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3 Responses to The Tomb of Perneb at the Metropolitan Museum of Art

  1. harngroup says:

    Reblogged this on HARN Weblog.

  2. Frank Herron says:

    Glad to read that you are going through the letters of Caroline Ransom. I know the name because Albert Lythgoe was my great-aunt’s brother-in-law. That great-aunt was in New York City when the tomb of Perneb was opened to the public. She had dinner with the Edward Harkensses the night of the opening reception on February 3 and visited the installation at least four times in February/March of 1916. About the reception, she wrote, “I had the time of my life!” She did not mention Caroline Ransom in her diaries, which she began keeping in Athens in 1900. (Her dad, Rufus Richardson, ran the American School of Classical Studies in Athens from 1893-1903.)
    Would love to know of any references she might have made to RUFUS RICHARDSON, who seemed to tolerate–to a degree–having female archaeologists at the school, or other family members. My great-aunt’s name was DOROTHY RICHARDSON (born in 1887).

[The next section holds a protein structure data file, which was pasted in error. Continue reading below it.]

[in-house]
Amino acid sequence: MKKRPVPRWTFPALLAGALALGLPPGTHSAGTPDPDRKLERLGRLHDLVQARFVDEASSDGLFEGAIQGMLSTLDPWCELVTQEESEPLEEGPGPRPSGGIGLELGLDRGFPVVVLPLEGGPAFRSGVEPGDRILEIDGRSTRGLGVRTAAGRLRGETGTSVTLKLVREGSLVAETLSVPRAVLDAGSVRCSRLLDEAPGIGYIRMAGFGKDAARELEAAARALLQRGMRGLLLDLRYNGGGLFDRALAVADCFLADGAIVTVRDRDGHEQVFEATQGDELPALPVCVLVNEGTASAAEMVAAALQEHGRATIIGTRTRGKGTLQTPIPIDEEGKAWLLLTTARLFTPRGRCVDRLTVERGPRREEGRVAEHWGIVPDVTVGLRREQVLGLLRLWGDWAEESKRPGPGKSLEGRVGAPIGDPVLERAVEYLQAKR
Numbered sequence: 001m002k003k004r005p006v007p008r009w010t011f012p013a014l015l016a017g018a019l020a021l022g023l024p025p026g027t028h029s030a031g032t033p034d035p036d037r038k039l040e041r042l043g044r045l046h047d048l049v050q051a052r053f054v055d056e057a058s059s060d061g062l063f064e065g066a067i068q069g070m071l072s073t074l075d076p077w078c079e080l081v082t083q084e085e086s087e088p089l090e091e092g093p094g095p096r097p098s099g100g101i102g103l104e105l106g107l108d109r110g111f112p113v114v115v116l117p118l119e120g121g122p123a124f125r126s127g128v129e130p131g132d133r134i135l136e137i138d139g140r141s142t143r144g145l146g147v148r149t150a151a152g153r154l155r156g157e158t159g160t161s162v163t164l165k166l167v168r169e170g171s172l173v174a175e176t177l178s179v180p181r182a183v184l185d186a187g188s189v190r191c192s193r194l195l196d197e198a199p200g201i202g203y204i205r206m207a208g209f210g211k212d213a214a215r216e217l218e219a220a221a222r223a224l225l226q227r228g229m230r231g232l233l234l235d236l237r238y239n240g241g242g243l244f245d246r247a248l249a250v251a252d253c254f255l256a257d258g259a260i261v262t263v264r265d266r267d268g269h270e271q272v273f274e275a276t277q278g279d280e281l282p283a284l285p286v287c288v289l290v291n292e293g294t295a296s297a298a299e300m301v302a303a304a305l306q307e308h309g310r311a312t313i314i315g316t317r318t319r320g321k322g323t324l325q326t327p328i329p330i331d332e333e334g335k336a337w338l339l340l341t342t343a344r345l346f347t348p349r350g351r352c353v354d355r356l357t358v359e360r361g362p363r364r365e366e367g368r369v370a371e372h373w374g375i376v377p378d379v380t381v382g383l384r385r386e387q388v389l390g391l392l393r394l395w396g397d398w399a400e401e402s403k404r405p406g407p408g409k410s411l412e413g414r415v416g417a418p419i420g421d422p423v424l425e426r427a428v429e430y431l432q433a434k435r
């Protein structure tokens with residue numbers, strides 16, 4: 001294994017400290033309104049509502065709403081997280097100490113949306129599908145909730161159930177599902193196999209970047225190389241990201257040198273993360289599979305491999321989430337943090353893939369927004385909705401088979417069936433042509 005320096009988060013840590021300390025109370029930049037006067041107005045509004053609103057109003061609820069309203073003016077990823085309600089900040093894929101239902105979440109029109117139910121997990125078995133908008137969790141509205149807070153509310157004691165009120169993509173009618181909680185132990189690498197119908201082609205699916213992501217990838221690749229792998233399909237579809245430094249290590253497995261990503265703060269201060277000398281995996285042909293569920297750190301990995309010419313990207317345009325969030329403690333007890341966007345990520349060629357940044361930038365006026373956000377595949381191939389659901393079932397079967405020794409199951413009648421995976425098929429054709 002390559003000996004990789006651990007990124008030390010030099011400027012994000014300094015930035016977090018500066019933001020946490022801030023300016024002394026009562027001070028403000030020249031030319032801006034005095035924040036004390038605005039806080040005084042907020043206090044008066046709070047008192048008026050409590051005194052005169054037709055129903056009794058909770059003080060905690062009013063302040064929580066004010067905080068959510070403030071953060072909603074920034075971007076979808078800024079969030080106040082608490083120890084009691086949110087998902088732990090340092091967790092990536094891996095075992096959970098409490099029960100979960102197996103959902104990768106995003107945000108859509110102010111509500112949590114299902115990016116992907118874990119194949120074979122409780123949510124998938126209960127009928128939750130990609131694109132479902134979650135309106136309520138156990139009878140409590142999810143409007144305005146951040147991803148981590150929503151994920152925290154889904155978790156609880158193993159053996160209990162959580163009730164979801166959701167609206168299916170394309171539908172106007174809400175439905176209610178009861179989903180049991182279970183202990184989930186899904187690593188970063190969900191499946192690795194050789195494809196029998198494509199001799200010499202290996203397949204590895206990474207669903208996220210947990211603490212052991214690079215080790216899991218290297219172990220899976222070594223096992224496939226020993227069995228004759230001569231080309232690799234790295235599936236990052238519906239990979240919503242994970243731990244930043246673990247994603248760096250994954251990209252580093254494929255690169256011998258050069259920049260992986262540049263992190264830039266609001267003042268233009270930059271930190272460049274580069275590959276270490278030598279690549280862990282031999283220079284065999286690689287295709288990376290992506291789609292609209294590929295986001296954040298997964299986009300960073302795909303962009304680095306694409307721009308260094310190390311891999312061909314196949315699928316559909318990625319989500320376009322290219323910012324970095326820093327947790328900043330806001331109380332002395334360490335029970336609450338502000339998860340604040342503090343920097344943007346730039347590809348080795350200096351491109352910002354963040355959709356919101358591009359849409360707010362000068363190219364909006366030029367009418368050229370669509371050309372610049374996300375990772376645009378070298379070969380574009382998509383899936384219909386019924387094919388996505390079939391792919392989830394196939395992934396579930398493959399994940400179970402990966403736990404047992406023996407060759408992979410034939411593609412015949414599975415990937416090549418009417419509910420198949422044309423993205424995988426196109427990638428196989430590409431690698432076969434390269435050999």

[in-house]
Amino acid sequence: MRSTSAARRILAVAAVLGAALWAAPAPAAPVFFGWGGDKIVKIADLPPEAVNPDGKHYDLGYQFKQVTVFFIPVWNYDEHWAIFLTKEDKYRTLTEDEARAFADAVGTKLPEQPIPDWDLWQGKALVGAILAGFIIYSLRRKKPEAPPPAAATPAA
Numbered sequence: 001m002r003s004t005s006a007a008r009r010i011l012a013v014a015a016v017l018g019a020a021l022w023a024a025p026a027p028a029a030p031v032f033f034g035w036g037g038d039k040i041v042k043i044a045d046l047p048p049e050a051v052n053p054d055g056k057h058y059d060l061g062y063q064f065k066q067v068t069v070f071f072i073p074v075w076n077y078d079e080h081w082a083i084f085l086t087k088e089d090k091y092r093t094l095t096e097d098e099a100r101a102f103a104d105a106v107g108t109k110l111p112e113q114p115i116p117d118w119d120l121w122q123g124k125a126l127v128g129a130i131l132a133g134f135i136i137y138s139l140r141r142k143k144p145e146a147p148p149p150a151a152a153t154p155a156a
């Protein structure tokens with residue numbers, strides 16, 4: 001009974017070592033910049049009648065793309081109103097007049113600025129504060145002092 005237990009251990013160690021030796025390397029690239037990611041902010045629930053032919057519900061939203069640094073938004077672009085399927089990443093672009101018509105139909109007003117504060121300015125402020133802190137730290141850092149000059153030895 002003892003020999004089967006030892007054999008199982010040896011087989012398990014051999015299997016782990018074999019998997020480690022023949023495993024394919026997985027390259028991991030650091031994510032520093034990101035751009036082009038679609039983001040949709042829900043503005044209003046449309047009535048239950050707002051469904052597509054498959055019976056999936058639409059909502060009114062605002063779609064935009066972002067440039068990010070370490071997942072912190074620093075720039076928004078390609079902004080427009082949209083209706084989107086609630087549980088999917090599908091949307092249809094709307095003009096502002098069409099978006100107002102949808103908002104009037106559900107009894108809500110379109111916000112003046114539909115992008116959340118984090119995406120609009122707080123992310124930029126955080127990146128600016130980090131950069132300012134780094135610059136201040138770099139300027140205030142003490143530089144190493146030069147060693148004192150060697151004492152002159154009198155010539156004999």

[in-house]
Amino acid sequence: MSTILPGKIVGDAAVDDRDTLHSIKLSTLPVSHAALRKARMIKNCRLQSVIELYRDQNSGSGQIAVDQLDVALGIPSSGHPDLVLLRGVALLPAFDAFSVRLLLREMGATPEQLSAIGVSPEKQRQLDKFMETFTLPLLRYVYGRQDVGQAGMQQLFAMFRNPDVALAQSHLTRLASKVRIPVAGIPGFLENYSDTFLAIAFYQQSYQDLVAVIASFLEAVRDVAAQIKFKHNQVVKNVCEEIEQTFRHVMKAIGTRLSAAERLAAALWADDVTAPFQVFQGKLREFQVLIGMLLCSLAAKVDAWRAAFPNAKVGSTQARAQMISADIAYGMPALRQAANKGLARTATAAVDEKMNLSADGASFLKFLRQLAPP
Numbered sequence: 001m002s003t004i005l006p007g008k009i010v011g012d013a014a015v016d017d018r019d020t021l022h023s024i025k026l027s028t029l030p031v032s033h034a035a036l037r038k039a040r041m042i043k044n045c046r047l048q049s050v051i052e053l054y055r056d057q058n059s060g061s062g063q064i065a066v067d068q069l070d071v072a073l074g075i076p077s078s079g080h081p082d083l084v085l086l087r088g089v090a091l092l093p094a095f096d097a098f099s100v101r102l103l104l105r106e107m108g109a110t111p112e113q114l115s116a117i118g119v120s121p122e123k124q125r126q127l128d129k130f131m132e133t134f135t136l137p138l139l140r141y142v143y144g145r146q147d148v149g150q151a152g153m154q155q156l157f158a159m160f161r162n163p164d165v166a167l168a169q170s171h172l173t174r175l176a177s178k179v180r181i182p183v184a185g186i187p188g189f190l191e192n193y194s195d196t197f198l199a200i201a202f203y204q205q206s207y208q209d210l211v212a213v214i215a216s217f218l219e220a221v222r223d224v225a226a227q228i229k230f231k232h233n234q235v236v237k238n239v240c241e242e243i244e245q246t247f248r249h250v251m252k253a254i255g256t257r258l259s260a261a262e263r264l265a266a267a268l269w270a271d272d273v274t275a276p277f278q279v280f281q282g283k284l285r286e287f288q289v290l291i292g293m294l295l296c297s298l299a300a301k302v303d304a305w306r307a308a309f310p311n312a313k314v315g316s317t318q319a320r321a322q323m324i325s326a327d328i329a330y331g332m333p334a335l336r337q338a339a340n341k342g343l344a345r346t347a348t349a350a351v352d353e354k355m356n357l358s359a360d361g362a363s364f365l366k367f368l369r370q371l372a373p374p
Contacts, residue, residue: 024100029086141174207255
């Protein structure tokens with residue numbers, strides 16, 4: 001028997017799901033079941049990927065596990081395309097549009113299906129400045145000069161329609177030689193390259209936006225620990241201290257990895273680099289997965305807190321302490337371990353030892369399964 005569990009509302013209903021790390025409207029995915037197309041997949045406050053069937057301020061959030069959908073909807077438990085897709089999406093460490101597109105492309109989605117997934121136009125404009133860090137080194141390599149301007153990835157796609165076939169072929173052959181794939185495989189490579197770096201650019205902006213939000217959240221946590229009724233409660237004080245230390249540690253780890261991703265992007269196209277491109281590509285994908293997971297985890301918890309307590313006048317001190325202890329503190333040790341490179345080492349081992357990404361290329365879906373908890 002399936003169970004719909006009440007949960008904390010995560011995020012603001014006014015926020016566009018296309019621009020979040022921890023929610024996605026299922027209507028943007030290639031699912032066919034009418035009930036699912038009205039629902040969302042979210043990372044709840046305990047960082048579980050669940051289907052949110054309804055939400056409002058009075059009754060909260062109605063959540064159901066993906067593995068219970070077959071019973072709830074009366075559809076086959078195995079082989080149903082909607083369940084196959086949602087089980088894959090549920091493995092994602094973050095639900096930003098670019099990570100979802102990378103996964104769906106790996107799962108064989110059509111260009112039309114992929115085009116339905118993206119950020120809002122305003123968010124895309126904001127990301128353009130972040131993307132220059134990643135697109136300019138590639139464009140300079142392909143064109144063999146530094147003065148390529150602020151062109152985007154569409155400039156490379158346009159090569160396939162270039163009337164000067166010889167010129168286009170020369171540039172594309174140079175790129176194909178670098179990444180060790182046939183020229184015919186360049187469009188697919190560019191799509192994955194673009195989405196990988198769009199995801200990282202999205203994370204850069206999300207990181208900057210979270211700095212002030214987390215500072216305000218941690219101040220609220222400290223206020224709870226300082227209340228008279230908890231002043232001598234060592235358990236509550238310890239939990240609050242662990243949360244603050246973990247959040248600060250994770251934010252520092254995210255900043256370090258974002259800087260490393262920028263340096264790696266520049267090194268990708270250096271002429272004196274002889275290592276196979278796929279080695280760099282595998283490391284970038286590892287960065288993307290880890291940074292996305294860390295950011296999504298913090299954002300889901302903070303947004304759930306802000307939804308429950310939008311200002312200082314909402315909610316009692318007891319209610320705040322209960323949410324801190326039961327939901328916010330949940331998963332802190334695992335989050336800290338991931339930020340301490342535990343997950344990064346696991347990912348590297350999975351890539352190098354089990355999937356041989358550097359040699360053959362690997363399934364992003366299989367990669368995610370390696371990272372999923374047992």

Good luck with your work!

    • Kathleen Sheppard says:

      Hi Mr. Herron, WOW what a wonderful story! I would love to hear much much more. If/when you get the time, I’d love to take this to email. My email is: SheppardKA at mst dot edu (sorry for the spelling out, but bots, etc).
      I finished the letters and they were published by Archaeopress! I’m going to look up these people so I know more about them when I hear from you again.
      Thank you! –Kate